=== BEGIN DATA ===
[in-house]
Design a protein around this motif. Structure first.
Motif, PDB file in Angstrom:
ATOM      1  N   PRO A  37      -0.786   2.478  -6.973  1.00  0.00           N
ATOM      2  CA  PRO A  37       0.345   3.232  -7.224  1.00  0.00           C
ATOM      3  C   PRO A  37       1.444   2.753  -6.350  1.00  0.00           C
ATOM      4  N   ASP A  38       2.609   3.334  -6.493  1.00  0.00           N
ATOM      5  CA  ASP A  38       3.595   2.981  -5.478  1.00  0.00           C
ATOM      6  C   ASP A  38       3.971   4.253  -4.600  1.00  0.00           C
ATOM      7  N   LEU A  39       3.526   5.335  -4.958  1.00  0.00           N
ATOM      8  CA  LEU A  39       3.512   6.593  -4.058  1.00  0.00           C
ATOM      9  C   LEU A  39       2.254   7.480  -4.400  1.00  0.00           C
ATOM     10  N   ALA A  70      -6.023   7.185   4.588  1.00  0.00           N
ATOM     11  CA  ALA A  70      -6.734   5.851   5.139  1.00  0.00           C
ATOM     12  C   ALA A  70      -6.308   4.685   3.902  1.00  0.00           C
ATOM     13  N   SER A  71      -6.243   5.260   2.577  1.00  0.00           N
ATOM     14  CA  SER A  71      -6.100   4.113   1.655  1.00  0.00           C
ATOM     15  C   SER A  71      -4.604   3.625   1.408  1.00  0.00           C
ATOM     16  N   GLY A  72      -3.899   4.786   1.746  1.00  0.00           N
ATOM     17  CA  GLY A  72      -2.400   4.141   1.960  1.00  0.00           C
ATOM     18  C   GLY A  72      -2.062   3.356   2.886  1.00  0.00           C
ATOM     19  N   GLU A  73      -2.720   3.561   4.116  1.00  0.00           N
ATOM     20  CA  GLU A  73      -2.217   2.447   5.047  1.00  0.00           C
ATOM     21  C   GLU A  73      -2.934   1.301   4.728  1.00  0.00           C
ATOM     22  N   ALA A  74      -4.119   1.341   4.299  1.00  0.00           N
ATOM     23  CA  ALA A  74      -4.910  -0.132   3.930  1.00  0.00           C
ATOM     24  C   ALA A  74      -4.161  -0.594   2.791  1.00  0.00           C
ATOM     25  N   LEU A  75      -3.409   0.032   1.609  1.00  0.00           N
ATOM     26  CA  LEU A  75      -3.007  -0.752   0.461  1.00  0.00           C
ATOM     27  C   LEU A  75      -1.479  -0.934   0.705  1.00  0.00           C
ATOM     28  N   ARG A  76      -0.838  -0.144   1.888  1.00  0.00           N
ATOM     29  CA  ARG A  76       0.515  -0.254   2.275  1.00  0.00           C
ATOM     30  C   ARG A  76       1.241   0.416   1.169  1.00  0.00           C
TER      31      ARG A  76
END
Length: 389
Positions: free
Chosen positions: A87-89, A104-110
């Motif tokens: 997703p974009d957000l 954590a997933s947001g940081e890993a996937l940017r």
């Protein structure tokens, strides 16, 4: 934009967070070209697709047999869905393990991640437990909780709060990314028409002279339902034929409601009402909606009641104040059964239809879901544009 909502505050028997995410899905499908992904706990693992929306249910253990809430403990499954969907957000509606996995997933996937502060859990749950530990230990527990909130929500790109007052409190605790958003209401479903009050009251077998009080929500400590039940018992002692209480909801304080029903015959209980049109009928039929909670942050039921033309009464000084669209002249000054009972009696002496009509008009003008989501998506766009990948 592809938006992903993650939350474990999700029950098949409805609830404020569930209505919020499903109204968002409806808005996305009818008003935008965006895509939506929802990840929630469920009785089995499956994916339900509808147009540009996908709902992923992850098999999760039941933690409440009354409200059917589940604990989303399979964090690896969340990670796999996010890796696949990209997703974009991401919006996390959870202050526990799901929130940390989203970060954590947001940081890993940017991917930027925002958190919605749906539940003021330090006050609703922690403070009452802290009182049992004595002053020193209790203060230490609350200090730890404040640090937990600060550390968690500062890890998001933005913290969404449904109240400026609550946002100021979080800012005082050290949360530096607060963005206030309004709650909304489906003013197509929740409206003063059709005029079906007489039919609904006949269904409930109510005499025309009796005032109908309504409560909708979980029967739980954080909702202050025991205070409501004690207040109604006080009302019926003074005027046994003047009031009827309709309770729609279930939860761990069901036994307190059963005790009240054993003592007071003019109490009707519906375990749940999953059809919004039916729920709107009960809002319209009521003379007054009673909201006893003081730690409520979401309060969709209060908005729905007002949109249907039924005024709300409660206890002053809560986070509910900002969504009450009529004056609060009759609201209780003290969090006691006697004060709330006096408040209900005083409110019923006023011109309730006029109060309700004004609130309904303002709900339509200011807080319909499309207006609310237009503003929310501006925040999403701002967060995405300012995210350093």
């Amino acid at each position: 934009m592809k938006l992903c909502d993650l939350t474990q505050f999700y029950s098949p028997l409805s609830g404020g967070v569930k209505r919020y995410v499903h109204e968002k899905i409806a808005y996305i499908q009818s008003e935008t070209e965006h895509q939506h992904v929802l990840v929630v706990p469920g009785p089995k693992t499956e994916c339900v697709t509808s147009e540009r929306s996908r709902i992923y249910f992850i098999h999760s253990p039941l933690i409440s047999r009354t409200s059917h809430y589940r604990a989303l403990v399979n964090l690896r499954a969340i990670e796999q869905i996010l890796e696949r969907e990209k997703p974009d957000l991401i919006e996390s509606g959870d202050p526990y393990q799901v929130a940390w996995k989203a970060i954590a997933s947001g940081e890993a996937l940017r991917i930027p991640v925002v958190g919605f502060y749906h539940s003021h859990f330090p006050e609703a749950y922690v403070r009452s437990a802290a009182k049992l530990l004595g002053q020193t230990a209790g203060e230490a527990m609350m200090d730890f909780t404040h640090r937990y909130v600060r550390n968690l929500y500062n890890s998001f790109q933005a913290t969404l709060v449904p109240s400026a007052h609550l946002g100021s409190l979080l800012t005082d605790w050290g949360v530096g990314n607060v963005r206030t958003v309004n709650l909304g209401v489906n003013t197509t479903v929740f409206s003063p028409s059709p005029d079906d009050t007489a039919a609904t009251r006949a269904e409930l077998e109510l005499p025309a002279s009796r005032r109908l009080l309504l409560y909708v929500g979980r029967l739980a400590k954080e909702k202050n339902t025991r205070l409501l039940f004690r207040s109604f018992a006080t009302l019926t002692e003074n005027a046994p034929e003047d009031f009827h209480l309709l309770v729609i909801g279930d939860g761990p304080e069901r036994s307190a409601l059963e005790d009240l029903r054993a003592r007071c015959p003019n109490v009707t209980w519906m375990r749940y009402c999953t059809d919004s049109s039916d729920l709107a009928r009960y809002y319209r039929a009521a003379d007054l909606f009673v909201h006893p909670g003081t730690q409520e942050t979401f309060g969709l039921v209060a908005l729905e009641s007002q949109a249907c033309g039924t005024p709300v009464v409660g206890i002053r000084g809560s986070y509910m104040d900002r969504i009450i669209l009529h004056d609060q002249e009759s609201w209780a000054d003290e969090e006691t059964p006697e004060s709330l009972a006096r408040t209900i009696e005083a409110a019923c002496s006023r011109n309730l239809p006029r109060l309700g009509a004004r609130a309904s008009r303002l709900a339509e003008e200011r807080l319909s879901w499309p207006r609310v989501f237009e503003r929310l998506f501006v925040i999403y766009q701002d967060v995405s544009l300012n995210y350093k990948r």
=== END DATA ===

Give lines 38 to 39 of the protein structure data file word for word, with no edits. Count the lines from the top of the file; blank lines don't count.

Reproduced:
Chosen positions: A87-89, A104-110
């Motif tokens: 997703p974009d957000l 954590a997933s947001g940081e890993a996937l940017r």